Deaf or Hard of Hearing? What's the Difference?

Deaf college students communicating with ASL. Loretta Hostettler/Getty Images

What is the difference between being hard of hearing (HOH) and being deaf? It depends on who you ask. 

Medical Definition

A complete hearing test looks at how loud sounds across the frequency range have to be in order to be detected and how well a person understands speech. If you are unable to detect sounds quieter than 90dB HL, the hearing loss is considered a profound hearing loss for those frequencies.

If the average of the frequencies at 500Hz, 1000Hz, and 2000Hz is 90dB or higher, the person is considered deaf. 

A person who is hard of hearing can have a range of hearing loss from mild to severe. It should be noted that amplification technology is available for people with mild to profound hearing loss. 

Cultural Definition

The cultural definition is much different than the medical definition. According to the cultural definition, being deaf or hard of hearing has nothing to do with how much you can hear! It has to do with how you identify yourself - do you identify more closely with hearing people or with deaf people? Many medically hard of hearing people consider themselves culturally deaf. Sometimes, this difference between cultural deafness and those with profound hearing loss can be indicated in the way the word "deaf" is written. If you see "Deaf" with a capital D, this indicates deaf culture, while deaf spelled with a lowercase d indicates hearing loss and the person does not consider themselves part of deaf culture.


Psychological Definition

Have you ever heard a person who was medically and functionally deaf insist, "I'm not deaf, I'm hard of hearing?" This statement is often made by people with hearing loss who are in denial about the degree of their hearing loss and are not yet ready to admit the severity of their hearing loss.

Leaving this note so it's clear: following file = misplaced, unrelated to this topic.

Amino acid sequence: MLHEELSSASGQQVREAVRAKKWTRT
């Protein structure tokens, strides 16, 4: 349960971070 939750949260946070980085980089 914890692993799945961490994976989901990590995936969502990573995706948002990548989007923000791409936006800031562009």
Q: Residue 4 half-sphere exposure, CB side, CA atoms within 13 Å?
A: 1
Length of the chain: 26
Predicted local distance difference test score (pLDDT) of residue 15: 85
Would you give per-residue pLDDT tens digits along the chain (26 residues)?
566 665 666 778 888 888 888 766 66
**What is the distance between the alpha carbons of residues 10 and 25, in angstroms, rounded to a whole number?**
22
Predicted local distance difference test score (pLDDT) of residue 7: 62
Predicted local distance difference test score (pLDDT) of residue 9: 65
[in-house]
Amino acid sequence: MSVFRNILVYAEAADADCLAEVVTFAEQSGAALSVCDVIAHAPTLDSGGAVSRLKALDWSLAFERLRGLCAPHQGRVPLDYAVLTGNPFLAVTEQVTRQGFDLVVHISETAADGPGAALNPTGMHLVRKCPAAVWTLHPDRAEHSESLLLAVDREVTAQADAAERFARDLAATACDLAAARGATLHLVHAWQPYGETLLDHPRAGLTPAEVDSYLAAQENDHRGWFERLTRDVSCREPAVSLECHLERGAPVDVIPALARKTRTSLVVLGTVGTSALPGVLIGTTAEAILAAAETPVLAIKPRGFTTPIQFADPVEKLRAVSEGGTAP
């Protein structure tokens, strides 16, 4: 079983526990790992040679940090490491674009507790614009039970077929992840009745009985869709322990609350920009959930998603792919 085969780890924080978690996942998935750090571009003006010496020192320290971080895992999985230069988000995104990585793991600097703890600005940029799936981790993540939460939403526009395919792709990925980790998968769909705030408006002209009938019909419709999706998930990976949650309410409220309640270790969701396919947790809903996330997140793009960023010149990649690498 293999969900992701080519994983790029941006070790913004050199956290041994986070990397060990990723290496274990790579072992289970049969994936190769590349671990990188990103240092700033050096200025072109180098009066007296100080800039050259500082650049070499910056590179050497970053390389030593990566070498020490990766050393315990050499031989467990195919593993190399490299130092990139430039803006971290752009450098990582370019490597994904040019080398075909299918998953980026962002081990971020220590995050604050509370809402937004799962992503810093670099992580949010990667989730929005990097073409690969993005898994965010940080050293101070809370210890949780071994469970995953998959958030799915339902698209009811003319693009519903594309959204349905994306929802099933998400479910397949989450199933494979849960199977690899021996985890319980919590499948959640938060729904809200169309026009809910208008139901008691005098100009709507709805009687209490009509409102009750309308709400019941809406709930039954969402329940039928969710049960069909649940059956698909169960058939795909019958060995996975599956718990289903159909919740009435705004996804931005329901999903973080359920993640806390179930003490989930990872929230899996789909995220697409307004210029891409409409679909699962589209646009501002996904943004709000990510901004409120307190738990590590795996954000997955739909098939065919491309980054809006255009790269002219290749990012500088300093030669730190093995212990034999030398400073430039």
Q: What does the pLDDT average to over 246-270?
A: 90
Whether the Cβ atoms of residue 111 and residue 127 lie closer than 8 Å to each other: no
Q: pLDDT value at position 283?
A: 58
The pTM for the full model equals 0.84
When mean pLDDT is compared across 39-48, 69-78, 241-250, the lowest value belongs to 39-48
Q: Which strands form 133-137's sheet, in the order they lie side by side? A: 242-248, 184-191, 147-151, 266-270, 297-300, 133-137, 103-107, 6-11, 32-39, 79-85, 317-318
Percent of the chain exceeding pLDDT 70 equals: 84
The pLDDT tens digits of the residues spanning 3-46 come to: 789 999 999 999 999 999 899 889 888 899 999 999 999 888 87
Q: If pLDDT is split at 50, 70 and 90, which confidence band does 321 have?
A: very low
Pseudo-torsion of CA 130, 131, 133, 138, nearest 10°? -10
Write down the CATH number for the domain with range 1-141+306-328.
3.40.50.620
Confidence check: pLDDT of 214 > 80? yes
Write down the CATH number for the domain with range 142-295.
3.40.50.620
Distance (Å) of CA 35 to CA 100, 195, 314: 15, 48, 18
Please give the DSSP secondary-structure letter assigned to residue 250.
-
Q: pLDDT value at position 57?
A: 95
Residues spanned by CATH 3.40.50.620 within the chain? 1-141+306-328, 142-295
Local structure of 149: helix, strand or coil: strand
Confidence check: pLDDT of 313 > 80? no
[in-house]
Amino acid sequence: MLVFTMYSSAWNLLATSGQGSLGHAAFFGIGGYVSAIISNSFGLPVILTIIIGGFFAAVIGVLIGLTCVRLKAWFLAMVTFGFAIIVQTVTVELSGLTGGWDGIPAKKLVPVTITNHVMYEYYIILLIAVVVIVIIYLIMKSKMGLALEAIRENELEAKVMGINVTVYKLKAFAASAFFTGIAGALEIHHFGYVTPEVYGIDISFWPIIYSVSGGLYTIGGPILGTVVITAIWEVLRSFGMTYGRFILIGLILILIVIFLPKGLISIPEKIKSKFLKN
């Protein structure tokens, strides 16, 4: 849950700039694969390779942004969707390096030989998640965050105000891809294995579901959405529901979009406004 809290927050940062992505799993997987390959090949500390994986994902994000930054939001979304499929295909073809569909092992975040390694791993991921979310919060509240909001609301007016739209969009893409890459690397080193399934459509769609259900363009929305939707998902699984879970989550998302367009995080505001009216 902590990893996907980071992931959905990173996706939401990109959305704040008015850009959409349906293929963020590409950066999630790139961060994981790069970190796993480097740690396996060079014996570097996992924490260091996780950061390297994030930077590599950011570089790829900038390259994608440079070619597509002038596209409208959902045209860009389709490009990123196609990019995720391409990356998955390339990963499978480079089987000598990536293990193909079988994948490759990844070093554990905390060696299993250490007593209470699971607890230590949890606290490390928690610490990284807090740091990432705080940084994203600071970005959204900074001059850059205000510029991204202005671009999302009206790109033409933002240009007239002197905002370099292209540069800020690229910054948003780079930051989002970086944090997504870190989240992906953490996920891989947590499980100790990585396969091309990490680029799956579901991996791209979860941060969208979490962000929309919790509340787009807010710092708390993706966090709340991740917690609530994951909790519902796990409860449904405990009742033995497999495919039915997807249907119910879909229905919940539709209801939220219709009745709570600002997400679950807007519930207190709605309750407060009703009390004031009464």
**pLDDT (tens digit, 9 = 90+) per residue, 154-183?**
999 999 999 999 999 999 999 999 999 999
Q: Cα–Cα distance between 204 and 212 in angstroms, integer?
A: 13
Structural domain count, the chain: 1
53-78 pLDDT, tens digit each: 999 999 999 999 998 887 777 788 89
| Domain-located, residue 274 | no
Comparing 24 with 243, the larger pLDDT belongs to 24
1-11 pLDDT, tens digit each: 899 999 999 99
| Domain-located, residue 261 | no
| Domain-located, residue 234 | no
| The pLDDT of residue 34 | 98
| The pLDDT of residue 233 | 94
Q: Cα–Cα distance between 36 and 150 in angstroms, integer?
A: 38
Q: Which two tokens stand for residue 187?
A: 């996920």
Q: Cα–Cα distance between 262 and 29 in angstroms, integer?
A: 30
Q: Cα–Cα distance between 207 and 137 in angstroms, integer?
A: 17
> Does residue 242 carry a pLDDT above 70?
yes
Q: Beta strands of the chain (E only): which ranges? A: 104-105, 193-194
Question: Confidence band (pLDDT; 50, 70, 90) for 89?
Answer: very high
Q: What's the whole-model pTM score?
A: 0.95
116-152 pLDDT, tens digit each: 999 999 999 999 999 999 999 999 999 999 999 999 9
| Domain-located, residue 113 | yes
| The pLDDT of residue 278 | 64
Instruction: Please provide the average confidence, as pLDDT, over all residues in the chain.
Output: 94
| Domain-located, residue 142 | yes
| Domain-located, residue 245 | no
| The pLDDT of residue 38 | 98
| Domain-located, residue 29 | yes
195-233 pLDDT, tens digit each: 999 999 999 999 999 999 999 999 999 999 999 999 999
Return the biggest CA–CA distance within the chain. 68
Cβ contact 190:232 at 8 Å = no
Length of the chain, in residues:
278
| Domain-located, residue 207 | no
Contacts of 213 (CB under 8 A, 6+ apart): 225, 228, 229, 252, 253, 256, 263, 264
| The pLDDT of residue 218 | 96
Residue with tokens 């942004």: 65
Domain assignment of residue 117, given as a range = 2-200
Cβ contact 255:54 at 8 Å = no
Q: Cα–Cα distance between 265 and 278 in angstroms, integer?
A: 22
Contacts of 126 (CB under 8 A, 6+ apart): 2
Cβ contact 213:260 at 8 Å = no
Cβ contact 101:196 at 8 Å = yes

With the advances in the technology of cochlear implants, many more people with profound hearing loss are able to communicate orally and participate as a hearing person. It's all about personal choice. 

Dual Definition

Are people with cochlear implants whose hearing losses are reduced to as little as 20 dB hard of hearing or deaf? In the author's layperson opinion, the answer is, "both." When a person with a cochlear implant has the implant on and can hear well, they are hard of hearing. When the implant is off and they can not hear anything, they are deaf. The same is true for hearing aids. Long ago, the author would say that she was "on the air" when wearing her hearing aids and functioning like a person with hearing loss, but "off the air" when not wearing the hearing aids and unable to hear anything.



Community and Culture - Frequently Asked Questions (n.d.). National Association for the Deaf. Retrieved 1/26/2016 from

What is Deaf Culture? Retrieved 1/26/2016 from

Updated by Melissa Karp, AuD

Continue Reading